In Wroclaw, there’s an island of churches which has, among others, the Cathedral of St. John the Baptist, and the Church of Sts. Peter and Paul. But just a short walk off the island is the Jesuit church of the Holy Name of Jesus. (It’s also known as the Blessed Name of Jesus to some tourist books. Your choice, really. Sanctus in Latin can be translated either way. Or Saint. Sort of depends on the context.) It was built by the Jesuits starting in 1690 in the University area on the site of an old castle. As all you art history folks know, that era was when the Baroque, which was already pretty Baroque, was starting to go right over the top into the Rococo style. The Versailles Palace outside Paris is perhaps the most famous example of the gross excess of Rococo, but we’ll leave politics out of this, because you know what happened to the last residents of that place.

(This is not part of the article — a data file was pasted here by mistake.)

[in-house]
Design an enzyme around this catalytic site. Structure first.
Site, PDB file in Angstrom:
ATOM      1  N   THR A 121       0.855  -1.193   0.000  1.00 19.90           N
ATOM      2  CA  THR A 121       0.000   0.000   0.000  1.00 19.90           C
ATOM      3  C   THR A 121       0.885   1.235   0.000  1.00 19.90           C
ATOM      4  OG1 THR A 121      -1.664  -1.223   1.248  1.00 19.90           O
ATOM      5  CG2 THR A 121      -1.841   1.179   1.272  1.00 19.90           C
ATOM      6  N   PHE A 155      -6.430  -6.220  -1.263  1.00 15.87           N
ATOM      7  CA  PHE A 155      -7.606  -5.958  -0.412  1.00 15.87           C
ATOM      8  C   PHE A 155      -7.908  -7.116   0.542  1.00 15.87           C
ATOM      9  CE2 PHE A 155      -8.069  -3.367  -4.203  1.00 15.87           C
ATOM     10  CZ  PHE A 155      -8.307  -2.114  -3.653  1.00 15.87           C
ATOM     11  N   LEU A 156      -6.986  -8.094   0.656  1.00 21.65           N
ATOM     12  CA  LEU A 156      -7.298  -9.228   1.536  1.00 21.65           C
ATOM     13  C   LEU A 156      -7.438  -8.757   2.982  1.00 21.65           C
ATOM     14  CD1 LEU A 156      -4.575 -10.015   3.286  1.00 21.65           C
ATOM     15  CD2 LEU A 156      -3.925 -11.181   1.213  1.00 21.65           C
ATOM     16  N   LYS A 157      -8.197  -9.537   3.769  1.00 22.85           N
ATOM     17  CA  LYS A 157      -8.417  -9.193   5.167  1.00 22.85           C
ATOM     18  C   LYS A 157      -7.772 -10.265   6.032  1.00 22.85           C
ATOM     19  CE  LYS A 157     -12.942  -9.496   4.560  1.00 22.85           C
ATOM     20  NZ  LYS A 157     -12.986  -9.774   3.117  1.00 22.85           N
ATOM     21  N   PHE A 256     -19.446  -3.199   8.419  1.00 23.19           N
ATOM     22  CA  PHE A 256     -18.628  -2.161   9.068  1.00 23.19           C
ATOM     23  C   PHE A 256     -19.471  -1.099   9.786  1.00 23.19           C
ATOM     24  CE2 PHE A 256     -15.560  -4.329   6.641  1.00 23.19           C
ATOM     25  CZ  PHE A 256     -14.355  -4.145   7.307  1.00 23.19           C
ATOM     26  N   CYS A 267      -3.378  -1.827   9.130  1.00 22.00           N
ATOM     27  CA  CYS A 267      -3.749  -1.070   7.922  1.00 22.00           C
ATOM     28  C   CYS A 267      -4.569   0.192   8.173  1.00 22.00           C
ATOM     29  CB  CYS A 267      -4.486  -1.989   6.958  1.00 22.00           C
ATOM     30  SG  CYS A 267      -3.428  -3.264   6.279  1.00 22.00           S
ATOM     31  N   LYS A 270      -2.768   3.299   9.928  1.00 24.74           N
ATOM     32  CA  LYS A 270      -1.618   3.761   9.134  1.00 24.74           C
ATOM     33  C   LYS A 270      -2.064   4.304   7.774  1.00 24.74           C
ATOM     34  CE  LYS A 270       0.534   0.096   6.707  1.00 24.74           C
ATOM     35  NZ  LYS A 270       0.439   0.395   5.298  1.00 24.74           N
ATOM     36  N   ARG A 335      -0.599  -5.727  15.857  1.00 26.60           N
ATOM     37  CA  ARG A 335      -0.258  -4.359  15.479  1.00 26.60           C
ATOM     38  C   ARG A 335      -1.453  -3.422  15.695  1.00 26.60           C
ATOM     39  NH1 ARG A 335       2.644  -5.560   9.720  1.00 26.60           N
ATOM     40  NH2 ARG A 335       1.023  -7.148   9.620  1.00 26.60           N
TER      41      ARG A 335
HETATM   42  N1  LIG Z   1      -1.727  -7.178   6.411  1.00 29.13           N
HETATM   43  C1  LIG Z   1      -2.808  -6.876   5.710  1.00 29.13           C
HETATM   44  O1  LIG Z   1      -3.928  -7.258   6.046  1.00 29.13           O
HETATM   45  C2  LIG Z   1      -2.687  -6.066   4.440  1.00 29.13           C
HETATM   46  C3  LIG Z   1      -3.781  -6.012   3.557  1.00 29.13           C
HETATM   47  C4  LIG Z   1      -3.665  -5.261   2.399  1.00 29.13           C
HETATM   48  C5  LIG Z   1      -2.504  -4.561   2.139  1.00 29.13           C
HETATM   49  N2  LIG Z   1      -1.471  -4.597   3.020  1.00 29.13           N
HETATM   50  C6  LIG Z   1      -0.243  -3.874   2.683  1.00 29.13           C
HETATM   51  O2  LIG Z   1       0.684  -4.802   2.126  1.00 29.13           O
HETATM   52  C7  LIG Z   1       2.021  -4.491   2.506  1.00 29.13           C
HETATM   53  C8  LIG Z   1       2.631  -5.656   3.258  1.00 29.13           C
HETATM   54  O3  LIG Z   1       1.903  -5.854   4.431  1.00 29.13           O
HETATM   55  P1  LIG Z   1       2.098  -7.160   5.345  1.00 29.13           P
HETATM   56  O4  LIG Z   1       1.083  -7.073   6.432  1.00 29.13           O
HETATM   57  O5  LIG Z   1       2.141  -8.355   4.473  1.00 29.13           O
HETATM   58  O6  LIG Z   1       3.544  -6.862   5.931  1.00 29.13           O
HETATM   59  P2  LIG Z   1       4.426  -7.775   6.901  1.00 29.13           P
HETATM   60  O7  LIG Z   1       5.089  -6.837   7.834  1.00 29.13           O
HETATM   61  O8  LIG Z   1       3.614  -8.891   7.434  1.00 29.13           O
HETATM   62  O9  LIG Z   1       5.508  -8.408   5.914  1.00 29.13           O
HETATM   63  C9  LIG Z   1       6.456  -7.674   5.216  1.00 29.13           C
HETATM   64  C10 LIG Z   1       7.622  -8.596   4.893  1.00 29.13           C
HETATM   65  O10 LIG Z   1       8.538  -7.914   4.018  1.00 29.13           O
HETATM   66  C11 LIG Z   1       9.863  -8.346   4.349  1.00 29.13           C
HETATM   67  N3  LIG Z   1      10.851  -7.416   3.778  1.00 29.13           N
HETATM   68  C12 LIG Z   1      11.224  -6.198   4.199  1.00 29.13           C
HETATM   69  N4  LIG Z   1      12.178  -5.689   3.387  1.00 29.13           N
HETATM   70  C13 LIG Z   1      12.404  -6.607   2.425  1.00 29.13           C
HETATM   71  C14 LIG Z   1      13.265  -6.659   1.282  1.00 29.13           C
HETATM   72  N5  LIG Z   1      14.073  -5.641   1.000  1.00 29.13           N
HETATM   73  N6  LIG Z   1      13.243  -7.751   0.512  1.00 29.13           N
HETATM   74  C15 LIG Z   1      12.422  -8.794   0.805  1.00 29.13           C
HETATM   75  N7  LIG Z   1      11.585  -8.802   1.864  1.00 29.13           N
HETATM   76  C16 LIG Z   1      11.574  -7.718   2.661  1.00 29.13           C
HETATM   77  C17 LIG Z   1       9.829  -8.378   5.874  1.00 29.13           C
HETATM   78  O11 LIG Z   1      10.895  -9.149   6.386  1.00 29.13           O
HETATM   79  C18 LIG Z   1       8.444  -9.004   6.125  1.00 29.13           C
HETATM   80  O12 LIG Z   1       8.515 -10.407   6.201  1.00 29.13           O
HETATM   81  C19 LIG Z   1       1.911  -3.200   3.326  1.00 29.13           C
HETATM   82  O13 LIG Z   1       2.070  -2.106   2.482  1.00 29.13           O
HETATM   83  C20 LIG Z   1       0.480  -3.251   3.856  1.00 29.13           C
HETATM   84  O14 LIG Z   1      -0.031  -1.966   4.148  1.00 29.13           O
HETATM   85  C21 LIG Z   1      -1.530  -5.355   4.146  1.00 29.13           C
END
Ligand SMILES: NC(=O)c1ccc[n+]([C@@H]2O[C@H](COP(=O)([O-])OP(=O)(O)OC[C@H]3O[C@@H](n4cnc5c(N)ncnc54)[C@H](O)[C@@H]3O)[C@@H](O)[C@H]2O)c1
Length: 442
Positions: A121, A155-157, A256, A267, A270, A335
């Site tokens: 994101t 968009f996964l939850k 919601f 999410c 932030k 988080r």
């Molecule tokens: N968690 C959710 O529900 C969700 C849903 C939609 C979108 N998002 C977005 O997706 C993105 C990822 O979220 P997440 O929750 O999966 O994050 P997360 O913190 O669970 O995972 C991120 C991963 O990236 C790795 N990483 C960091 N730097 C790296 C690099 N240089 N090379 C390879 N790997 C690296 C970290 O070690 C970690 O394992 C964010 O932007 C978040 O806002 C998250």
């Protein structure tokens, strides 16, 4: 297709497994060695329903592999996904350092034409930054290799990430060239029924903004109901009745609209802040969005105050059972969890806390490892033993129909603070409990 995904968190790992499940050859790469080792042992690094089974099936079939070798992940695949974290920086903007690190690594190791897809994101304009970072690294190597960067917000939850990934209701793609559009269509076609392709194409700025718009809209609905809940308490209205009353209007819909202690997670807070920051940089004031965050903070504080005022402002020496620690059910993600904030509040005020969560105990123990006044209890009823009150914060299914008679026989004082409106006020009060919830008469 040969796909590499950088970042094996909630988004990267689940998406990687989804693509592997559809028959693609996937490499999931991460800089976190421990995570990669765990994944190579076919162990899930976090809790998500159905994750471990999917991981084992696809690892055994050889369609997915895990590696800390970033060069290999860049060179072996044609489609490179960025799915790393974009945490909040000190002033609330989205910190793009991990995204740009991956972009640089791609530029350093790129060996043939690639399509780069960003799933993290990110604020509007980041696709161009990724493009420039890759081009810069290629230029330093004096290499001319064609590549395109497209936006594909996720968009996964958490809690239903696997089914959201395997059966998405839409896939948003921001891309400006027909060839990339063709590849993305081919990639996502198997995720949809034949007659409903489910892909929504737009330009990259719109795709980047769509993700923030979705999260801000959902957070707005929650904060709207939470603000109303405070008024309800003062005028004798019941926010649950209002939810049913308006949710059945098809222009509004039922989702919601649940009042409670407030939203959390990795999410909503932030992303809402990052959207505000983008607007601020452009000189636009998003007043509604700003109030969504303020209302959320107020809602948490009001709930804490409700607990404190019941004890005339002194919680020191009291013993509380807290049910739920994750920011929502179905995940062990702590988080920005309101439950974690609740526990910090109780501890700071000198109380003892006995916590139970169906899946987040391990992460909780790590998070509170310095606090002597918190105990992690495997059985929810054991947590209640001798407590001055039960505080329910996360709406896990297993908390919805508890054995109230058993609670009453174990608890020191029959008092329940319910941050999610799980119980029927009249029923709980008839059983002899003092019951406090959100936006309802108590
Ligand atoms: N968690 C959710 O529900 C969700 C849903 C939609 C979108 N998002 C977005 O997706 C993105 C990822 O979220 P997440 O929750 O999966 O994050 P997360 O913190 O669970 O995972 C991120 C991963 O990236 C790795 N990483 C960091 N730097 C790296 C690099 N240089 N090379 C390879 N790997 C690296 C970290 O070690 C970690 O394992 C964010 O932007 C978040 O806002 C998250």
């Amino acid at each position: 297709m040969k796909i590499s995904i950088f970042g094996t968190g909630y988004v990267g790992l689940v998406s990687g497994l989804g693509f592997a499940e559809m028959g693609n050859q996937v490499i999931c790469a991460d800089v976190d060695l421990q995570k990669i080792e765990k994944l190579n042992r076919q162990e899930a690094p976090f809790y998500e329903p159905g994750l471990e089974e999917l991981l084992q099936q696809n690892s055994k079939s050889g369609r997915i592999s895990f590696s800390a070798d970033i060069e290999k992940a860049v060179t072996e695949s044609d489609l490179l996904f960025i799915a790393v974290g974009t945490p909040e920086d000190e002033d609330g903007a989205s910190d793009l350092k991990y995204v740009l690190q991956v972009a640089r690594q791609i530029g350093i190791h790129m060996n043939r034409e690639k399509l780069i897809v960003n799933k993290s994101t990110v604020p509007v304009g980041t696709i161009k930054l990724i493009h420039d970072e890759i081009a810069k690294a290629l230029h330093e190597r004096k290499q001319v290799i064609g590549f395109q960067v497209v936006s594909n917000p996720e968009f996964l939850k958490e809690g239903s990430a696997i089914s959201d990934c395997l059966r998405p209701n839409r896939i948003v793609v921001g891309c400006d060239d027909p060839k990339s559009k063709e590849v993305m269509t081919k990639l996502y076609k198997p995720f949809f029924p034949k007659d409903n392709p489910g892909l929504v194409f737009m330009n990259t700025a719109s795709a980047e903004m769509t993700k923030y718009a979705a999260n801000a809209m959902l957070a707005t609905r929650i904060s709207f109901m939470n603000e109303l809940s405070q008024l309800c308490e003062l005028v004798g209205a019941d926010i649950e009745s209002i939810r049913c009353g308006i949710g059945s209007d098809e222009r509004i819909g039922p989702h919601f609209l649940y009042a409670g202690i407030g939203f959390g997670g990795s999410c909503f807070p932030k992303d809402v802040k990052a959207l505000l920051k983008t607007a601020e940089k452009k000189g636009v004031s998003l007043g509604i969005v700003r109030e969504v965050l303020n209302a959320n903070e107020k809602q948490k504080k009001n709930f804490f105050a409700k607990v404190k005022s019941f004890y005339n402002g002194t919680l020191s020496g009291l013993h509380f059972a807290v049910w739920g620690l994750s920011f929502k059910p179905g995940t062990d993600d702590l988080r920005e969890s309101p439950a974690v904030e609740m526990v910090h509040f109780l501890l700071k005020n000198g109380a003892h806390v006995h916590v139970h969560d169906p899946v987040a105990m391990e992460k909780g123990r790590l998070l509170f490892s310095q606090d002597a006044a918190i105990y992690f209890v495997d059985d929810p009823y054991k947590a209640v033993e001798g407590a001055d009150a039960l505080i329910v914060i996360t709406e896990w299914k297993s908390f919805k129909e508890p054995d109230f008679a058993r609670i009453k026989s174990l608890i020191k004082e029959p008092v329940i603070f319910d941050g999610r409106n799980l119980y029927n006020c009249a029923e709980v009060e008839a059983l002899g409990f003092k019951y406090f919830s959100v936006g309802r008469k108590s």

This little detail is the front of the balcony.
Anyway, you might not agree with the Rococo taste, and if you’re Protestant, you probably don’t. But, to my mind, when it comes to church decoration, nothing succeeds like excess. And the Jesuits always excelled at excess.
Mass was just starting as we entered the church, so I wasn’t able to walk around and shoot as much as I liked. The good thing about the mass was the lights of the church were turned on, so that helped a lot. So much wonderful illustrative art should never be shrouded in darkness. Shot at ISO 2500, 1/20 sec at f/4.0. I’m sort of amazed at how sharp this is, especially since the image is cropped about 40 percent. Nikon D800E is quite a machine. In Lightroom I just increased the clarity and vibrance and did a lot of dodging and burning to even out the exposure. The light was coming mostly from a window on the right of the image.
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